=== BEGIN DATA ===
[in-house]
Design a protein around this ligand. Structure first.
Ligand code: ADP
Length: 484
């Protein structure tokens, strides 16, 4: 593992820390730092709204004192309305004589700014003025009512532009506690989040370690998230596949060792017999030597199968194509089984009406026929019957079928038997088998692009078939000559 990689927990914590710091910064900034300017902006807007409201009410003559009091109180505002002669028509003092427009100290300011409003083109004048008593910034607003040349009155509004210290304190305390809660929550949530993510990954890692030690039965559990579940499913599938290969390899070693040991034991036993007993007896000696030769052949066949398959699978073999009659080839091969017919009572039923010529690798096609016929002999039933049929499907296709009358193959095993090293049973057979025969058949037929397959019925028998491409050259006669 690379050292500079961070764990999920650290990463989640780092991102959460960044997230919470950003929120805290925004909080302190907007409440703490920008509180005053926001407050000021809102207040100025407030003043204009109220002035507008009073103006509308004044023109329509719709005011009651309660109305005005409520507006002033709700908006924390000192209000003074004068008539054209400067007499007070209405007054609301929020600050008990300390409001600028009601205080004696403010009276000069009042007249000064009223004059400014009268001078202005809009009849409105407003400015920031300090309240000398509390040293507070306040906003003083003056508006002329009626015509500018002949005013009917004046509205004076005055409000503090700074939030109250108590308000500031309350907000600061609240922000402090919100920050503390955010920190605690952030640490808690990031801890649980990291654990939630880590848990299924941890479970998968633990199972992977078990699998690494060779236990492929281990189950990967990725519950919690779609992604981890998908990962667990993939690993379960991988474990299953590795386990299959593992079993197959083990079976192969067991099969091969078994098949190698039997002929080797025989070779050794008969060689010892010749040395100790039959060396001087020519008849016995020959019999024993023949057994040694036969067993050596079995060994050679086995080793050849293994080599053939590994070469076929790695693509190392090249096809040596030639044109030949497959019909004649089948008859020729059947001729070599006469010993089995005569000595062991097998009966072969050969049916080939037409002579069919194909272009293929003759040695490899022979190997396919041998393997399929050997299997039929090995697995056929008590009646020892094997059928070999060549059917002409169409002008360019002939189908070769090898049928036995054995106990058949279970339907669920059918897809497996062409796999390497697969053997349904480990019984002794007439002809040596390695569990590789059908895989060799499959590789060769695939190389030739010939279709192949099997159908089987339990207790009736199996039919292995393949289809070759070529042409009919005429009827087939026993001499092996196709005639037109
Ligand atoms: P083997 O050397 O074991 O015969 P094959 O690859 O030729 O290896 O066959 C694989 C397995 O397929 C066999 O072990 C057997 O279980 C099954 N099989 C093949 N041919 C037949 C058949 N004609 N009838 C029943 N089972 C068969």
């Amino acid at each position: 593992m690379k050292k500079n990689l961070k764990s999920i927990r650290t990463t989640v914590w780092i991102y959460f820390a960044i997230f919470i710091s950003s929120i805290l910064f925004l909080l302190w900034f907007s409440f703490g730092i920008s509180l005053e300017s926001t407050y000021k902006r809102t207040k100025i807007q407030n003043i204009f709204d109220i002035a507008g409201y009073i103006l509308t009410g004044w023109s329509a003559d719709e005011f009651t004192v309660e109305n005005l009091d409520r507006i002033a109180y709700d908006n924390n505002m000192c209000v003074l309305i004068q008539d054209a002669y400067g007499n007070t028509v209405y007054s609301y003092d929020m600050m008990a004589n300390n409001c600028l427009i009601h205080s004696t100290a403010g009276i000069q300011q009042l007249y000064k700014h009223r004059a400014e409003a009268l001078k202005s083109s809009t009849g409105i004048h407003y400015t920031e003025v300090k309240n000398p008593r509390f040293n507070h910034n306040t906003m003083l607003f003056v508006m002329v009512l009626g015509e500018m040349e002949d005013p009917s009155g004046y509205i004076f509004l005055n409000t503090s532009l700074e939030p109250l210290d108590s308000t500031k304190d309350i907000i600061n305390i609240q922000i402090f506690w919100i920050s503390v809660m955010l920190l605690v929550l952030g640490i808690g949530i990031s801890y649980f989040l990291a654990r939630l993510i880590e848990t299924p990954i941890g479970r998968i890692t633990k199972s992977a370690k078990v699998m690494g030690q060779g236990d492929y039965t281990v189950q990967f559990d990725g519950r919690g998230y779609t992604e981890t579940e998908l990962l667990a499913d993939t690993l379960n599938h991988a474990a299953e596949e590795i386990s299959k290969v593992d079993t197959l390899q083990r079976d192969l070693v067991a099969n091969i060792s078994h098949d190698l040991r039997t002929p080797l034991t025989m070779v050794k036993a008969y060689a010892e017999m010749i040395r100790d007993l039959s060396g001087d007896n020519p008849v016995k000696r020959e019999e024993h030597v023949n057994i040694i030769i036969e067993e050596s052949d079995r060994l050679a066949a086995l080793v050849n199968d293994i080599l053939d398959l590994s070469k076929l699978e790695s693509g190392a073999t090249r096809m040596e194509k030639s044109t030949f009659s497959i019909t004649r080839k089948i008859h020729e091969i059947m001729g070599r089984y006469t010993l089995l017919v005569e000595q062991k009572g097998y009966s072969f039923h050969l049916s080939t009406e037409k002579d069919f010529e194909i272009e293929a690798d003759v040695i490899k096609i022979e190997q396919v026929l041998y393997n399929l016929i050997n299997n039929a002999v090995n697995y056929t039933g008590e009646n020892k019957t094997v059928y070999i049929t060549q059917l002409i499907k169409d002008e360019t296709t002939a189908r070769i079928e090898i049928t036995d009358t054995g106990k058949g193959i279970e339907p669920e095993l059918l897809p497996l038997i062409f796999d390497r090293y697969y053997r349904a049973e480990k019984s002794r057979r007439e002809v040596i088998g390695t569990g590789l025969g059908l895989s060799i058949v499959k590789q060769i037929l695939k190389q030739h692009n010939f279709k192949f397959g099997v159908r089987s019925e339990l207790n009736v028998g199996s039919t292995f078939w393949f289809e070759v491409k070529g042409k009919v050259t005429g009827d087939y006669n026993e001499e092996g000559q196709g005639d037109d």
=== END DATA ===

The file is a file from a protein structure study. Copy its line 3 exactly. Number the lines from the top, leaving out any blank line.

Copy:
Ligand code: ADP